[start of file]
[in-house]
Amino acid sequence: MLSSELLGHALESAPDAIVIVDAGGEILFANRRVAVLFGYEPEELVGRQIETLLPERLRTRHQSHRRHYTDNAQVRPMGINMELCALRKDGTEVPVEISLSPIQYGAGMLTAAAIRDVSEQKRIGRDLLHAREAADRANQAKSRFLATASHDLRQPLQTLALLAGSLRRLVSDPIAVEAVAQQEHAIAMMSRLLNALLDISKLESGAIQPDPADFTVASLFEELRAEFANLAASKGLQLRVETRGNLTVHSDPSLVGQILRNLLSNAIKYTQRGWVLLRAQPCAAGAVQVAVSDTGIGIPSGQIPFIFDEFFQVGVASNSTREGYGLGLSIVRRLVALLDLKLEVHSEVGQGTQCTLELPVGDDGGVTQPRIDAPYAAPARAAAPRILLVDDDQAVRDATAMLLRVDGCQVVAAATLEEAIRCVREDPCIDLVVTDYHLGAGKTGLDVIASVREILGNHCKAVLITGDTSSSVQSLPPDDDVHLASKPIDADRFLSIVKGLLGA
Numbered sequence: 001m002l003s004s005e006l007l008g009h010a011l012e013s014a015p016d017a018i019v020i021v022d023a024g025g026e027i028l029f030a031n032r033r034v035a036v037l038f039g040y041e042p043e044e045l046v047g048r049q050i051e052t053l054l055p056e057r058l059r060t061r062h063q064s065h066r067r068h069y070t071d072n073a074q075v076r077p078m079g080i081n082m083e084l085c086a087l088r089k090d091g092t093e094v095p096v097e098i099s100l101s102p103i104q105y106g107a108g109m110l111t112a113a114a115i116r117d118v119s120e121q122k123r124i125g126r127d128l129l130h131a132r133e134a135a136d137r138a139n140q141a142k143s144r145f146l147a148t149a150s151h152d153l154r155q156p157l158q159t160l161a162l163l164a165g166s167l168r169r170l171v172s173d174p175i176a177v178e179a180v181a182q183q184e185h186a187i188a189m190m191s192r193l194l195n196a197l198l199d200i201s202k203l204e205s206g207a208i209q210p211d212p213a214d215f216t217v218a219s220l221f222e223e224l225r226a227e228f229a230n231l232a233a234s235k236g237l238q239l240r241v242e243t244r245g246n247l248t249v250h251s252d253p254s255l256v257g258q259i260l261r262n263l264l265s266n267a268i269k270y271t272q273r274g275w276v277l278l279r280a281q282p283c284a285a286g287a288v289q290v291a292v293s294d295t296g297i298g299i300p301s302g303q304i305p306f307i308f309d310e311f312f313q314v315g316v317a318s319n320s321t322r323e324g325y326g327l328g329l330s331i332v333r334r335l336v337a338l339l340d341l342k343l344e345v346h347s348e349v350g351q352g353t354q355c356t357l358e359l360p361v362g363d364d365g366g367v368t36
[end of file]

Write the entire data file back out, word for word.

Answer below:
[in-house]
Amino acid sequence: MLSSELLGHALESAPDAIVIVDAGGEILFANRRVAVLFGYEPEELVGRQIETLLPERLRTRHQSHRRHYTDNAQVRPMGINMELCALRKDGTEVPVEISLSPIQYGAGMLTAAAIRDVSEQKRIGRDLLHAREAADRANQAKSRFLATASHDLRQPLQTLALLAGSLRRLVSDPIAVEAVAQQEHAIAMMSRLLNALLDISKLESGAIQPDPADFTVASLFEELRAEFANLAASKGLQLRVETRGNLTVHSDPSLVGQILRNLLSNAIKYTQRGWVLLRAQPCAAGAVQVAVSDTGIGIPSGQIPFIFDEFFQVGVASNSTREGYGLGLSIVRRLVALLDLKLEVHSEVGQGTQCTLELPVGDDGGVTQPRIDAPYAAPARAAAPRILLVDDDQAVRDATAMLLRVDGCQVVAAATLEEAIRCVREDPCIDLVVTDYHLGAGKTGLDVIASVREILGNHCKAVLITGDTSSSVQSLPPDDDVHLASKPIDADRFLSIVKGLLGA
Numbered sequence: 001m002l003s004s005e006l007l008g009h010a011l012e013s014a015p016d017a018i019v020i021v022d023a024g025g026e027i028l029f030a031n032r033r034v035a036v037l038f039g040y041e042p043e044e045l046v047g048r049q050i051e052t053l054l055p056e057r058l059r060t061r062h063q064s065h066r067r068h069y070t071d072n073a074q075v076r077p078m079g080i081n082m083e084l085c086a087l088r089k090d091g092t093e094v095p096v097e098i099s100l101s102p103i104q105y106g107a108g109m110l111t112a113a114a115i116r117d118v119s120e121q122k123r124i125g126r127d128l129l130h131a132r133e134a135a136d137r138a139n140q141a142k143s144r145f146l147a148t149a150s151h152d153l154r155q156p157l158q159t160l161a162l163l164a165g166s167l168r169r170l171v172s173d174p175i176a177v178e179a180v181a182q183q184e185h186a187i188a189m190m191s192r193l194l195n196a197l198l199d200i201s202k203l204e205s206g207a208i209q210p211d212p213a214d215f216t217v218a219s220l221f222e223e224l225r226a227e228f229a230n231l232a233a234s235k236g237l238q239l240r241v242e243t244r245g246n247l248t249v250h251s252d253p254s255l256v257g258q259i260l261r262n263l264l265s266n267a268i269k270y271t272q273r274g275w276v277l278l279r280a281q282p283c284a285a286g287a288v289q290v291a292v293s294d295t296g297i298g299i300p301s302g303q304i305p306f307i308f309d310e311f312f313q314v315g316v317a318s319n320s321t322r323e324g325y326g327l328g329l330s331i332v333r334r335l336v337a338l339l340d341l342k343l344e345v346h347s348e349v350g351q352g353t354q355c356t357l358e359l360p361v362g363d364d365g366g367v368t36